Topical Group: Quantum Computing

October 6 - October 17, 2008
Cambridge, Ma 02138


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This topical group, extending over two weeks, will bring together a select number of practitioners in the field of Quantum Information Science, Adiabatic Quantum Computing, as well as the interface between Atomic Physics, Quantum Optics, and Condensed Matter Physics. The dates are Oct. 6-17. There will be a small number of talks (1-2) a day and ample time for discussions and interactions.

Schedule:

Mon. Oct. 6

10:00am - 2:00pm, Pratt Conference Room, CfA

2:00pm - 6:00pm, LISE 303, Harvard Physics

Tues. Oct. 7

10:00 am - LISE 319

Xuedong Hu - Univ. of Buffalo and RIKEN
Semiconducting Qubits

2:00 pm - LISE 303

Edward Laird - Harvard
"Hyperfine-mediated gate-driven electron spin resonance"

Other rooms reserved for informal meeting:
10:00 am - 12:00 am, Lyman 330, Harvard Physics and 11:30am - 3:00pm, Tea Room, CfA

Wed. Oct 8

10:00 am - Tearoom - Center for Astrophysics

Sahel Ashhab, Digital Materials Laboratory- RIKEN
"Quantum non-locality of a single delocalized particle"

2:00pm - LISE 303, Harvard Physics

Hendrik Bluhm (Harvard) Title TBD

Joint Atomic Physics Colloquium
4:30 pm - Dave Cory (MIT), "Error Finding and Control for Quantum Processors"
Jefferson Lab 356

Other rooms reserved for informal meeting:
10:00am - 12:30pm, Phillips Auditorium, CfA

Other rooms reserved: 10:30-12:30 Phillips

Thurs. Oct 9

 

10:00 am - 1:00pm Meeting Room C-34

Dr. William D. Oliver, MIT Lincoln Laboratory, Analog Device Technology Group
"Amplitude spectroscopy of a superconducting artificial atom"

Dr. Jonas Bylander, MIT Research Laboratory of Electronics, Superconducting Circuits and Quantum Computation Group, MIT
" Pulse calibration and non-adiabatic control of a superconducting artificial atom"

2:00 pm - LISE 303, Harvard Physics

Jimmy Williams (Harvard)
"The Effect of p-n Junctions on Mesoscale Transport in Graphene"

3:00 pm

Jeff Miller (Harvard)
“Quasiparticle Properties from Tunneling in the nu = 5/2 Fractional Quantum Hall State”

 

Fri. Oct 10

 

The Harvard University Center for Nanoscale Systems (CNS) and the National Nanotechnology Infrastructure Network announce (NNIN) a one day workshop: Photosynthesis – from Elementary Processes to Quantum SimulationDivision Room - M102 in Mallinckrodt, 12 Oxford Street from 9am-4pm

For More Information Regarding this one day workshop, please contact, Anna B Shin, Group Administrator, Department of Chemistry and Chemical Biology, 617-496-9964. or online at http://cns.fas.harvard.edu/about/docs/photosynthesis.pdf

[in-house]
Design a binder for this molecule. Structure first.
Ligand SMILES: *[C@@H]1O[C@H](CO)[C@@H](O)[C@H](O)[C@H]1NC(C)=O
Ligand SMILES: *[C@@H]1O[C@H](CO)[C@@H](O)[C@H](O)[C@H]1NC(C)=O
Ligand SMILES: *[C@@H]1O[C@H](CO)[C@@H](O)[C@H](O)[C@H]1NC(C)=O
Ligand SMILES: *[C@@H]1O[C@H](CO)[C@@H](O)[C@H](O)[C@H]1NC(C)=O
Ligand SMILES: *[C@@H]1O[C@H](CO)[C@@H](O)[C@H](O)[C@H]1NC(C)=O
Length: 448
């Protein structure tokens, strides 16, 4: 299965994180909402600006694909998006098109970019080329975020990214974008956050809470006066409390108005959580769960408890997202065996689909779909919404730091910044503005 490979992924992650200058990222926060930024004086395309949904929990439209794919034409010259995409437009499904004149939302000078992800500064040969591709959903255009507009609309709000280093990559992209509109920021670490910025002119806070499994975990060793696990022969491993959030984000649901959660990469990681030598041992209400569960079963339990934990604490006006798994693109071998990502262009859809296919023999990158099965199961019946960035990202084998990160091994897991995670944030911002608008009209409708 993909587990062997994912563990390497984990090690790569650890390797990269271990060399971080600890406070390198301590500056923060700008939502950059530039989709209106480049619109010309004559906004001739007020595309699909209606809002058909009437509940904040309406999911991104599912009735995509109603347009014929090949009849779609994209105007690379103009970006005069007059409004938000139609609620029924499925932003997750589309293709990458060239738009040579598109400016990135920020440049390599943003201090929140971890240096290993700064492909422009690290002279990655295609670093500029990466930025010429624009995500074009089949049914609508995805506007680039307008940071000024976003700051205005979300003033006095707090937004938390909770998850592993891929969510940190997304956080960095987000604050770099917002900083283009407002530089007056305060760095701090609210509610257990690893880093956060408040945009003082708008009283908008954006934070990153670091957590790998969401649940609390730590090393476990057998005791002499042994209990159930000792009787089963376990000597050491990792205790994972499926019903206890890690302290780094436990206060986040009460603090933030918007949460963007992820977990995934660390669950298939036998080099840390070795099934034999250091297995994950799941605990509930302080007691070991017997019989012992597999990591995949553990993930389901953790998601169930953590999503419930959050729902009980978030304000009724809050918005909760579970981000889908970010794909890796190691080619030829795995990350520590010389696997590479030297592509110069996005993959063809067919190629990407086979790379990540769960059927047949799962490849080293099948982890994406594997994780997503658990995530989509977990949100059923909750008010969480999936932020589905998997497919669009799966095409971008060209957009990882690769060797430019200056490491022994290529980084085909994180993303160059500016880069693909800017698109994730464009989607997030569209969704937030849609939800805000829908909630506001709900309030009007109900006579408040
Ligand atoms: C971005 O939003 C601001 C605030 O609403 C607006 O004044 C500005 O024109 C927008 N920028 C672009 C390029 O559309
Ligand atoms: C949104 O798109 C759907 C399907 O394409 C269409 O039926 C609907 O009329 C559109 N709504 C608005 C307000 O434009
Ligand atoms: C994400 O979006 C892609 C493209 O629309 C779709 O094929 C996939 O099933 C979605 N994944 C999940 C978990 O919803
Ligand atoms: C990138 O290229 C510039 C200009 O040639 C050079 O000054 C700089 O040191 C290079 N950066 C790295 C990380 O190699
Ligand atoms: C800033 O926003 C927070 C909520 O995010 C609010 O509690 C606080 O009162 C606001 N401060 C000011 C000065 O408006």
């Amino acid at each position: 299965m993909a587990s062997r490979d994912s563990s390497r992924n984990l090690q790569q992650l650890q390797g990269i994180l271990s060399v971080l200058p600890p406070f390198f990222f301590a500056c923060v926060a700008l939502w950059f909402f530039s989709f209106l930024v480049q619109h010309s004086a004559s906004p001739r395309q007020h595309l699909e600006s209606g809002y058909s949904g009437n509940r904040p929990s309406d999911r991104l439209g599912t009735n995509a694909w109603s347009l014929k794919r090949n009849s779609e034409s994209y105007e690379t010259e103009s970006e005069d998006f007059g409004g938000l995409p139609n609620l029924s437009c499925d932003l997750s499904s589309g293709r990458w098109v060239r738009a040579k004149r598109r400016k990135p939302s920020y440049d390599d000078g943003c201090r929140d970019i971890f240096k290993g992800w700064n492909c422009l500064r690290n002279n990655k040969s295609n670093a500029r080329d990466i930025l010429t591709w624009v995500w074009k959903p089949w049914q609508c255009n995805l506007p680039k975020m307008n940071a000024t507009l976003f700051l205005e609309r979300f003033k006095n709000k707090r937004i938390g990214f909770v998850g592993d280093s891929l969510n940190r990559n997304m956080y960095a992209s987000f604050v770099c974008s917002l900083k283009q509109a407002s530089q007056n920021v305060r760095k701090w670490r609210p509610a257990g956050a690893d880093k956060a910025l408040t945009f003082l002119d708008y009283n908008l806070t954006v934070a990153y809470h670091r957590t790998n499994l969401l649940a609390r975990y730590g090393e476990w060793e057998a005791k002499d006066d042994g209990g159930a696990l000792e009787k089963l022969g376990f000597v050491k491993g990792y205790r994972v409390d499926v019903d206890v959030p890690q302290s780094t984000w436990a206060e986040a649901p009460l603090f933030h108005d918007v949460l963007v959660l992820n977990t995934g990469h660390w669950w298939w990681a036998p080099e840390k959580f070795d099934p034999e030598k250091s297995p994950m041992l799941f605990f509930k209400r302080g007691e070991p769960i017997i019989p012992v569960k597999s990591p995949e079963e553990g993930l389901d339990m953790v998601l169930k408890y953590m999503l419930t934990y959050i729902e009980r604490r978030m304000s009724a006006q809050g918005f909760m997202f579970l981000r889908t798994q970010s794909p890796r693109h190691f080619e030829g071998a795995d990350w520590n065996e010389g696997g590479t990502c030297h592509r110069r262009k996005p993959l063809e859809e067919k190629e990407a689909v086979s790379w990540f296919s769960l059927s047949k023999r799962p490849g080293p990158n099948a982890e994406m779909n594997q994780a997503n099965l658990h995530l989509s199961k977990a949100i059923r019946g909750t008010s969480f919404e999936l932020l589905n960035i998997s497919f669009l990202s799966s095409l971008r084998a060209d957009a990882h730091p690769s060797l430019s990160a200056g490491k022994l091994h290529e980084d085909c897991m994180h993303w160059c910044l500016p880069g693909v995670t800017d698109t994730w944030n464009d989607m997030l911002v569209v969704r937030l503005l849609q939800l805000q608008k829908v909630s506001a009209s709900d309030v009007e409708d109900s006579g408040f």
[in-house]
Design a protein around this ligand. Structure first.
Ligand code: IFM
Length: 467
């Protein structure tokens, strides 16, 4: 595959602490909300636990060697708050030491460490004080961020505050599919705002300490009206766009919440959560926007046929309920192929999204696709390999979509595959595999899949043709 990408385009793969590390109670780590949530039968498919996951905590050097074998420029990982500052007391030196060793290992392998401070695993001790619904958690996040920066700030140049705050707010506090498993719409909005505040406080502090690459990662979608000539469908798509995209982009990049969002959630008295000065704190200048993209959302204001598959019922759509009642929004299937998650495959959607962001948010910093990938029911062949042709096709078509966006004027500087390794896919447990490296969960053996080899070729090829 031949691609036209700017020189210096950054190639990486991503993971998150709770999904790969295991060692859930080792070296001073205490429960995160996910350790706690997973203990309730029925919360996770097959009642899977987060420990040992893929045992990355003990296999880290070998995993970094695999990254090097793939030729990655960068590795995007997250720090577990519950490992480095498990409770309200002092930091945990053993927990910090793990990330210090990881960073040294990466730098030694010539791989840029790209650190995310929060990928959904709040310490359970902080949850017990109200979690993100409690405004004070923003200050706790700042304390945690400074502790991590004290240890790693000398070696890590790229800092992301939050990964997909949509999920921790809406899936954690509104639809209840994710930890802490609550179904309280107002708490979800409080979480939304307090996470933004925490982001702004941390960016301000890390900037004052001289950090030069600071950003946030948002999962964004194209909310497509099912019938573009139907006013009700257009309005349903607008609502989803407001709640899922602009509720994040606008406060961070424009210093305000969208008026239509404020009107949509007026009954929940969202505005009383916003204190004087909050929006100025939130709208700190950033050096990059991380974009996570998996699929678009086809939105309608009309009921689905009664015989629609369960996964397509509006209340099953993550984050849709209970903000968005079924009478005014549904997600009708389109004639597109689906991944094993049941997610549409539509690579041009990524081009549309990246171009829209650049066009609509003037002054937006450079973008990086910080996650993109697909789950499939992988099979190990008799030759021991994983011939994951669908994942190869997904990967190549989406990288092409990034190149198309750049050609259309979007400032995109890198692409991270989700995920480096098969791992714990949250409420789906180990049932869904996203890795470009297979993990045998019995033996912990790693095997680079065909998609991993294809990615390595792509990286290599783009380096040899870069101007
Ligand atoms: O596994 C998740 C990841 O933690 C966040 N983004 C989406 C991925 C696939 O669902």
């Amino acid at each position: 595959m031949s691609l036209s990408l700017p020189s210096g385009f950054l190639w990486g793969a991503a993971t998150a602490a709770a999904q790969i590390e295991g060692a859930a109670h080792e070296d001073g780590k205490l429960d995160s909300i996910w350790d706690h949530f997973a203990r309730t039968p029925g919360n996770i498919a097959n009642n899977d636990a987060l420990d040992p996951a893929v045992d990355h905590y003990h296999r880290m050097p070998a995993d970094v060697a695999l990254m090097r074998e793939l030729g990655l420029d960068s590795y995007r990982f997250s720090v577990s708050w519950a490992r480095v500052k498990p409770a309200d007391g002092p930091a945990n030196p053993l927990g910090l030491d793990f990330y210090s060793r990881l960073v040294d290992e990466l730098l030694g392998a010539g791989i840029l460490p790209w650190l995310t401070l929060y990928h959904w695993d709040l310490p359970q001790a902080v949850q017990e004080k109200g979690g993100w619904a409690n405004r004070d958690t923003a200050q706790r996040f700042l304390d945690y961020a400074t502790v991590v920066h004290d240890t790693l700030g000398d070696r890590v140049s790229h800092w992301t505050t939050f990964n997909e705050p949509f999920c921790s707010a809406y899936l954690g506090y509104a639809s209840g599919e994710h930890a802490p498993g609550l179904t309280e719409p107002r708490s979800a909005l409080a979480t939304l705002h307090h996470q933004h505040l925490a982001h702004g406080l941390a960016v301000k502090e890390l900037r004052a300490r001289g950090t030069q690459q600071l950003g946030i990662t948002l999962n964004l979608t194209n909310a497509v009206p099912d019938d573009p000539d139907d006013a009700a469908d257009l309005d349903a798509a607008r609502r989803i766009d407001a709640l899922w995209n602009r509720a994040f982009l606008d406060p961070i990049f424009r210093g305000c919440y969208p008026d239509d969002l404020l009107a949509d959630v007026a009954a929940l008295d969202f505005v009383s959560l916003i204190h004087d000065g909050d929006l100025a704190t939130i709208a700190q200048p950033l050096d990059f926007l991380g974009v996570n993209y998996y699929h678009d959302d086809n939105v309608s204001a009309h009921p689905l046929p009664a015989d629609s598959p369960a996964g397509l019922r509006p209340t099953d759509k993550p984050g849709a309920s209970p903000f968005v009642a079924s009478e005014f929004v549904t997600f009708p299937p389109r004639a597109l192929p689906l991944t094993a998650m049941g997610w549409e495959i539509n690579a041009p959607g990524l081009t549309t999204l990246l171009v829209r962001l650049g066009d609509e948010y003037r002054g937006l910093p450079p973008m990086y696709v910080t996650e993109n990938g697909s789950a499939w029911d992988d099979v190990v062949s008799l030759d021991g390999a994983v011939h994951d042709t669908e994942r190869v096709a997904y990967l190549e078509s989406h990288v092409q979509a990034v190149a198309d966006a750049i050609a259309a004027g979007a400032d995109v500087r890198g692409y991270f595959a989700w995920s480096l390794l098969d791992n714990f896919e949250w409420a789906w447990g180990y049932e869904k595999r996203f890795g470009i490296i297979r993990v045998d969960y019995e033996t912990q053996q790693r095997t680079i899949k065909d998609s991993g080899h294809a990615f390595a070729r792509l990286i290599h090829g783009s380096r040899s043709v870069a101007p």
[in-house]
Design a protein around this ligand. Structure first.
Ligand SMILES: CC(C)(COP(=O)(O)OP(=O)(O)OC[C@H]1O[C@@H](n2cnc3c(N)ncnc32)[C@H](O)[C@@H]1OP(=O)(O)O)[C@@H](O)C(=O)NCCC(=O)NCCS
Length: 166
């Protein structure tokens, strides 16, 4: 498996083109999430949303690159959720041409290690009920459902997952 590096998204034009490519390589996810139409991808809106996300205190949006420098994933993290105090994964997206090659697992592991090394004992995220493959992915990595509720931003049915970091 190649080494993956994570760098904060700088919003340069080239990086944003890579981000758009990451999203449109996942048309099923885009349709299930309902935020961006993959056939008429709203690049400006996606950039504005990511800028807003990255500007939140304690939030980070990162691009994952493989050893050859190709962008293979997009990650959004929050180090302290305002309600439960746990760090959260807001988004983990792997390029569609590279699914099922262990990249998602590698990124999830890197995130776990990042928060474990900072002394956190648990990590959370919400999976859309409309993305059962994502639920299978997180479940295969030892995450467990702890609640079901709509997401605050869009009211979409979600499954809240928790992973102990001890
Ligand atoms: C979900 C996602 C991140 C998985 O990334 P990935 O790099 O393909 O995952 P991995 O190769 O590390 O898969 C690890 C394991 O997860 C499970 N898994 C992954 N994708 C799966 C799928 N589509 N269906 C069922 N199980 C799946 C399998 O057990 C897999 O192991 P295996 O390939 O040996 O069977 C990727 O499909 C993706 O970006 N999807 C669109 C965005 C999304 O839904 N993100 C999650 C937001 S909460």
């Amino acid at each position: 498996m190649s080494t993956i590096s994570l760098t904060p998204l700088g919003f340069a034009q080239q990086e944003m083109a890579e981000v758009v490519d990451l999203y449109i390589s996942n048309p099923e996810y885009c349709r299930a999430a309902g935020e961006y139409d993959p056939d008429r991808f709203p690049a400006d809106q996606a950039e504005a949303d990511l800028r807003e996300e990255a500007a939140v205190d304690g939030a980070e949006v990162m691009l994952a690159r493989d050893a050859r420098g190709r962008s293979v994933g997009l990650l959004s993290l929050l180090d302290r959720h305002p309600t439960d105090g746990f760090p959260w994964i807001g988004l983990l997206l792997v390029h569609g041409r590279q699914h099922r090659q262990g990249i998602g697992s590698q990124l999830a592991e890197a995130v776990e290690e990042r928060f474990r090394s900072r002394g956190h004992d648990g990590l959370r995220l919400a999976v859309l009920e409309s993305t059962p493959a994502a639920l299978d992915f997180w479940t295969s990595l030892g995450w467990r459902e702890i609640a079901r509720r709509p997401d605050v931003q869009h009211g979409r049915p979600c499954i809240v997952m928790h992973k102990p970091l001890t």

Other rooms reserved: 10:30-2:00 Pratt

 

Mon. Oct 13

 

10 am: Dr. Sekhar Ramanathan, MIT Title: NMR studies of quantum information processes

 

4:30 pm: Frank Gaitan, RIKEN and Univ. of S. Illinois: Density functional theory and quantum computation

Abstract: We demonstrate the applicability of ground-state and time-dependent density functional theory to quantum computing by proving the Hohenberg-Kohn and Runge-Gross theorems for a fermion system representing N qubits. Time-dependent density functional theory is used to determine the minimum energy gap Delta(N) arising from application of the quantum adiabatic evolution algorithm to the NP-Complete problem MAXCUT. As density functional theory has been used to treat quantum systems with as many as 650 interacting degrees of freedom, this raises the realistic prospect of evaluating the gap Delta(N) for systems with N ~ 650 qubits.

Ref. F. Gaitan and F. Nori, Density functional theory and quantum computation, arXiv:0809.1170v1 [quant-ph]

 

Tues. Oct 14

10:00am - 11:00am, Pratt, CfA

"Quantum control of spins in diamond"
Paola Cappellaro, ITAMP

Nitrogen-Vacancy (NV) centers in diamond have emerged as excellent candidates for quantum information processing, since they can be optically polarized and detected, and present good coherence properties even at room temperature. In this talk I will present the application of coherent control techniques to the electronic and nuclear spins associated with NV centers.
I will first show how this solid state system can be used as the building block of a scalable architecture for quantum computation or communication, and present potential strategies for the efficient control of these small quantum registers.
Then I will present a novel approach to magnetometry, based on NV centers, that takes advantage of coherent control techniques and the confinement of the sensing spins into a sample of nanometer dimensions. The resulting magnetic sensor is projected to yield an unprecedented combination of high sensitivity and spatial resolution, with the potential of exciting applications in bio-science, materials science, and single electronic and nuclear spin detection.

11:00 am - 12:00 noon, Pratt CfA

Jero Maze, "Nanoscale magnetic sensing using a single electron spin in
diamond"